With November recently behind us, writers across America are slumped over their keyboards, having endured another NaNoWriMo, or National Novel Writing Month, in which the name of the game is cranking out as many pages of one’s novel as possible in thirty days. Years ago when I first heard about this month of extreme page production I thought it was a fine idea. Anything that urges writers to commit themselves to their novels is a good thing, right?
But year after year, NaNoWriMo has started to bug me. And for a long time I wasn’t able to articulate just why that was. I started to develop an attitude about the public displays of daily word- and page-counts that had begun to pepper my Facebook feed and at one point I made a snarky comment that every month is National Novel Writing Month.
I’ve been either writing a novel or attending graduate school nonstop since 1993, and often it’s news to my family that I’m writing a book. I’ve found that keeping my work in progress close to the vest works best for me. On the other hand, I came of age before the Twitter era, a distant epoch in which it was assumed that the best time to announce something in public was when something important happened, like the birth of a baby or the successful removal of a tumor.
I do recognize that if part of writing masterpieces now involves keeping the rest of the world apprised on every finished chapter, every thousandth word, then that’s just the way it is. The principle that ends justify the means works for me. But what I fear is lost in NaNoWriMo is the importance of silence in creating literature.
A lot of writing advice sounds to me like it was devised by some maniacal drill sergeant. Get yer butt in that chair and don’t you dare get up til you complete that story arc! Or, perhaps the worst advice of all, keep your pen moving even if you have nothing to say. I’m concerned that advice like this produces really excellent typists and not necessarily good writers.
It would be refreshing to see a writer advise that if you have nothing to write about, get up and pet the cat. Or vacuum the crumbs out of the back seat of your car. Or go hang out in a park. I suppose I’m the writer offering that advice.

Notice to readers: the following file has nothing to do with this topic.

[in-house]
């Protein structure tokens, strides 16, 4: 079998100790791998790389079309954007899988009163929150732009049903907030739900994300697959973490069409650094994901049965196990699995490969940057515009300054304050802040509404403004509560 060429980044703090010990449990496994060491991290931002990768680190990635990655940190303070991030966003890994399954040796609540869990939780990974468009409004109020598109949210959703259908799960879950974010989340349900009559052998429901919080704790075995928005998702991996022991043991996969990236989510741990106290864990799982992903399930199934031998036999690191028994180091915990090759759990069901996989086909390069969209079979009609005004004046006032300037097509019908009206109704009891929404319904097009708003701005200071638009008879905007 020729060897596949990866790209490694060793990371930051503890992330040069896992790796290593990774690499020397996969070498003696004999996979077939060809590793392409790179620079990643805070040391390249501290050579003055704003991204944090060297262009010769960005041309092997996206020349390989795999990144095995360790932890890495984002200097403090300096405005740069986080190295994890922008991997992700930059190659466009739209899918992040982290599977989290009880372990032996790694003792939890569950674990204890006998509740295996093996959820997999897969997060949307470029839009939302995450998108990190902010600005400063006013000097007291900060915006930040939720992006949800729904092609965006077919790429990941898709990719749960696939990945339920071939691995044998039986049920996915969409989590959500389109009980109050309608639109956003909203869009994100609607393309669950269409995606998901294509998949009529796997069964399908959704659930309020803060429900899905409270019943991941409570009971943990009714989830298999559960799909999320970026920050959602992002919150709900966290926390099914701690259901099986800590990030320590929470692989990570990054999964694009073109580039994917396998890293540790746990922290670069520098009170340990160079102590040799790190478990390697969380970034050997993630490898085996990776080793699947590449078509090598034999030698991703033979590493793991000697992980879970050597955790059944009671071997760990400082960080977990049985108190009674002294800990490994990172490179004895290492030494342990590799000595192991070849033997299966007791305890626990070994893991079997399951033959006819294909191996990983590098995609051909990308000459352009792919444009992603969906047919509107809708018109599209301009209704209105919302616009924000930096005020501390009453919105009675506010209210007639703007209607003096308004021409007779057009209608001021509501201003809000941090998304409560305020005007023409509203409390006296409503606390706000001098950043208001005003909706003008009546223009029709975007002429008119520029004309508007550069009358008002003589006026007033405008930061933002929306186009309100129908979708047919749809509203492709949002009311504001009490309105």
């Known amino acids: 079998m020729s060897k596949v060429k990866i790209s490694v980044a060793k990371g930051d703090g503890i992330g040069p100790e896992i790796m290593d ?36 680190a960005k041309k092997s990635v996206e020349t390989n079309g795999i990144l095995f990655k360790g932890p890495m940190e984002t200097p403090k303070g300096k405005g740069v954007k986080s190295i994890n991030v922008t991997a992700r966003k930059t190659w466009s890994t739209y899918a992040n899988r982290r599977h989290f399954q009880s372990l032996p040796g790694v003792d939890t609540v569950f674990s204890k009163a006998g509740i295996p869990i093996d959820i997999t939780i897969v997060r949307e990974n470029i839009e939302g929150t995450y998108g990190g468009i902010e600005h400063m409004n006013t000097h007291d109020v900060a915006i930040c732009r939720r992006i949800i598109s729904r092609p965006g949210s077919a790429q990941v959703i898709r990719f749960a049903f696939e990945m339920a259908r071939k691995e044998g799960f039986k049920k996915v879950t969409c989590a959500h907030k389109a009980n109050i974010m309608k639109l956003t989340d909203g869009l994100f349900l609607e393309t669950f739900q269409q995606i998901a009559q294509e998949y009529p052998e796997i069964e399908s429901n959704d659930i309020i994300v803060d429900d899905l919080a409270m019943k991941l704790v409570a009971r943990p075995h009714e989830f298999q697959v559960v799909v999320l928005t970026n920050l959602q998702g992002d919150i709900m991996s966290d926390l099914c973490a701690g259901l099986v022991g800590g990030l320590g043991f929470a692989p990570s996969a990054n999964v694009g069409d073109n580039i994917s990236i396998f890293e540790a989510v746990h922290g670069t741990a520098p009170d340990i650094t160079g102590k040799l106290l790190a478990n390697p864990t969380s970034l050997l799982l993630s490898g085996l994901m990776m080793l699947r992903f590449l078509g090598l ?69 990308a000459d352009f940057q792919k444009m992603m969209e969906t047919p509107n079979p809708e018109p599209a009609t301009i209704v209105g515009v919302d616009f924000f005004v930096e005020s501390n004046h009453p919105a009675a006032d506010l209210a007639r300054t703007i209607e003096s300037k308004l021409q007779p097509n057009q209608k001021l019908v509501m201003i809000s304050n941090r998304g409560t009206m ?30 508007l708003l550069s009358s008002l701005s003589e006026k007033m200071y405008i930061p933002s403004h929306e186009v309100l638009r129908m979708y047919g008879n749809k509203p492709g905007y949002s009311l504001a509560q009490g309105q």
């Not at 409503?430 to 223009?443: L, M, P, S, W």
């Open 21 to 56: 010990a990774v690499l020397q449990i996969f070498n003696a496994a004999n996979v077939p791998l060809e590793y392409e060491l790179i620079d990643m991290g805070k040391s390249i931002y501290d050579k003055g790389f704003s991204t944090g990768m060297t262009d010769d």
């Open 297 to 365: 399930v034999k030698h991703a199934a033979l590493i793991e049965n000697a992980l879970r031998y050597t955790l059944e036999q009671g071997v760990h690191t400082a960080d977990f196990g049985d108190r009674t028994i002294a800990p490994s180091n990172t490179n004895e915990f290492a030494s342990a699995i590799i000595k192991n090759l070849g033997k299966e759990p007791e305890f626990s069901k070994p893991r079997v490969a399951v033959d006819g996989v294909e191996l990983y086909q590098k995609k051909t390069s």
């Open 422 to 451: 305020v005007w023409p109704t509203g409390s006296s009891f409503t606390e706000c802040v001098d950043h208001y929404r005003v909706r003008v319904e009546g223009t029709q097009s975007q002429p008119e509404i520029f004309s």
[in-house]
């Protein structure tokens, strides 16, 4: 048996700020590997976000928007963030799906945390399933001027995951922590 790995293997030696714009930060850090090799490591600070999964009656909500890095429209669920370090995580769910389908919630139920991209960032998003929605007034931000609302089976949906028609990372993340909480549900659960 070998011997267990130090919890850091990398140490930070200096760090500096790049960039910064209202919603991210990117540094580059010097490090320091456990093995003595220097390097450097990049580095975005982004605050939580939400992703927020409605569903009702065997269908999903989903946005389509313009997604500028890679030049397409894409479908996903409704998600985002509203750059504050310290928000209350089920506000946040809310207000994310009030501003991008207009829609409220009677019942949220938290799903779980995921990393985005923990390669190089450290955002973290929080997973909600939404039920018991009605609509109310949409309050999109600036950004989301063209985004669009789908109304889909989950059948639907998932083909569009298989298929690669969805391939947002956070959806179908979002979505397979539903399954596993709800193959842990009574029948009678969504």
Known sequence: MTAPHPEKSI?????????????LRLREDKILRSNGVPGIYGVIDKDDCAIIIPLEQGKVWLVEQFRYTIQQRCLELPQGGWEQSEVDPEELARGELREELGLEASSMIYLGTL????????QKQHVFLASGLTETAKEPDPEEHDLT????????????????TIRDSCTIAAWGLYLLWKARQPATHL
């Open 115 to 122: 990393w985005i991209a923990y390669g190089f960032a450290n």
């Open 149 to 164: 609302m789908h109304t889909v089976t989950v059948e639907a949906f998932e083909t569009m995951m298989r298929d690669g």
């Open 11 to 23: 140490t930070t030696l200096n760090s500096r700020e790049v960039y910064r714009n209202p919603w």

What I want to say, what I am saying I guess, is don’t obsess about page count. Don’t worry about the number of words agents are looking for in a novel. Don’t freak out if you sit down and nothing happens right away.
And what if nothing happens right away? I’ve come to find that one of the most rewarding parts of writing is just sitting with my notebook in a chair and not doing anything for a good ten, fifteen minutes except thinking. Put your phone aside, close your browser, and just sit there with an uncapped pen, thinking about your characters.
Consider your characters like they are your friends; fondly. Feel their presence. Just be with the novel for awhile. And this next part is vitally important: don’t expect anything to happen. Get in the mindset that it’s entirely acceptable to just sit there without writing a single word. Spending time in the presence of your writing, regardless of whether you actually write, is time well spent.
But chances are, if you approach your writing like this, a sentence or two will appear. Jot them down and watch them lead to more sentences. Before you know it, you’ll have a few pages. If not, no big deal.
Notice that I’m referring to pens and notebooks, not laptops. I think this is important, too, to connect to a page made of paper with a pen filled with ink. And what works for me is spending the money on a really nice, leather-bound notebook like a folio-sized Moleskine. I once had a guy ask me if I thought such a notebook was too fancy, whether I’d ruin it. I told him that the only way I could ever ruin it was by leaving pages of it blank. Another advantage of using a hardbound notebook? There’s no way to connect to Facebook with it.
What are your favorite writing tools? How to you cultivate silence in your process?
by Ryan Boudinot